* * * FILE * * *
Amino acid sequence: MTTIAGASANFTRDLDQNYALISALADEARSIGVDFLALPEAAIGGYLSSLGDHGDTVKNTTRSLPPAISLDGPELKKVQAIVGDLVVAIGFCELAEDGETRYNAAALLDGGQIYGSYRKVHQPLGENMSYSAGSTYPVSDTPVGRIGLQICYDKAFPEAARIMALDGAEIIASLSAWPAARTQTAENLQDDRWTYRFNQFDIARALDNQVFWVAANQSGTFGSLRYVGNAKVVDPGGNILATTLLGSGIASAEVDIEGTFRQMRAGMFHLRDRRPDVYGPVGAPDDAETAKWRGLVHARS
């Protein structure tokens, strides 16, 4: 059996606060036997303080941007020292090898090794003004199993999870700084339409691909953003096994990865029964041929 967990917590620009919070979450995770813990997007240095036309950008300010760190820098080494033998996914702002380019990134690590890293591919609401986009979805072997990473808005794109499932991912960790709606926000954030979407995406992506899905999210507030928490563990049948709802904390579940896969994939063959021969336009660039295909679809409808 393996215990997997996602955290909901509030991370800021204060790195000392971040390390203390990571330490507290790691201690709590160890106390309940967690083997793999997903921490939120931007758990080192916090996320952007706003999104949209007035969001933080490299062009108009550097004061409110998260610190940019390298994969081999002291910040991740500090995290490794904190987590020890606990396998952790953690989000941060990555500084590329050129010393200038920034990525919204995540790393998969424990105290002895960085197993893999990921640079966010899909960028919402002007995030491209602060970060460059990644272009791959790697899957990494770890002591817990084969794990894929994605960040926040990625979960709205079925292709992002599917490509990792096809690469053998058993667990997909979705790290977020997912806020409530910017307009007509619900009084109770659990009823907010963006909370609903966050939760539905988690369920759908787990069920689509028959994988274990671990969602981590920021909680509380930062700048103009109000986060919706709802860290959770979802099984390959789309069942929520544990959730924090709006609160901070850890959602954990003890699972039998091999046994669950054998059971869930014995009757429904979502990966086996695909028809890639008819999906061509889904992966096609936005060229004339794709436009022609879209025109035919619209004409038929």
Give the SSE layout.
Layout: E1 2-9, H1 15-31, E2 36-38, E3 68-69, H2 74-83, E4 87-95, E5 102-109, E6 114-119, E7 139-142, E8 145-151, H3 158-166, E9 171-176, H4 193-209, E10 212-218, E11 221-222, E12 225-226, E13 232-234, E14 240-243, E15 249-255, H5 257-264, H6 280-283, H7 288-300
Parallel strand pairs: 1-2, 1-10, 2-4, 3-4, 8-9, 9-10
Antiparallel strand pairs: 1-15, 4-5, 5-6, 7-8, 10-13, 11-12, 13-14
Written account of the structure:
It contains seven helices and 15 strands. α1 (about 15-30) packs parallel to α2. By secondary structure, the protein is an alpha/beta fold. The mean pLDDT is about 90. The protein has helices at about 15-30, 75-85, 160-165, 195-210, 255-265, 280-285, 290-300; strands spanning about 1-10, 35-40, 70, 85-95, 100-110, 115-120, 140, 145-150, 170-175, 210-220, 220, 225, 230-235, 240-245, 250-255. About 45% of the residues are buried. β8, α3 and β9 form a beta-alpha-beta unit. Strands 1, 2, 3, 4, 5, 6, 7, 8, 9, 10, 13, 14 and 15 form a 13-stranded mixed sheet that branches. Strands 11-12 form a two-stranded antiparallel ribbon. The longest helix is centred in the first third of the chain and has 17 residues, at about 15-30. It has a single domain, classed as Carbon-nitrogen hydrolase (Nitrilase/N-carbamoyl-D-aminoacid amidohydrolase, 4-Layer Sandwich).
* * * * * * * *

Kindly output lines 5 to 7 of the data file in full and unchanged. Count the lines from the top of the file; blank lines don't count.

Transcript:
Parallel strand pairs: 1-2, 1-10, 2-4, 3-4, 8-9, 9-10
Antiparallel strand pairs: 1-15, 4-5, 5-6, 7-8, 10-13, 11-12, 13-14
Written account of the structure: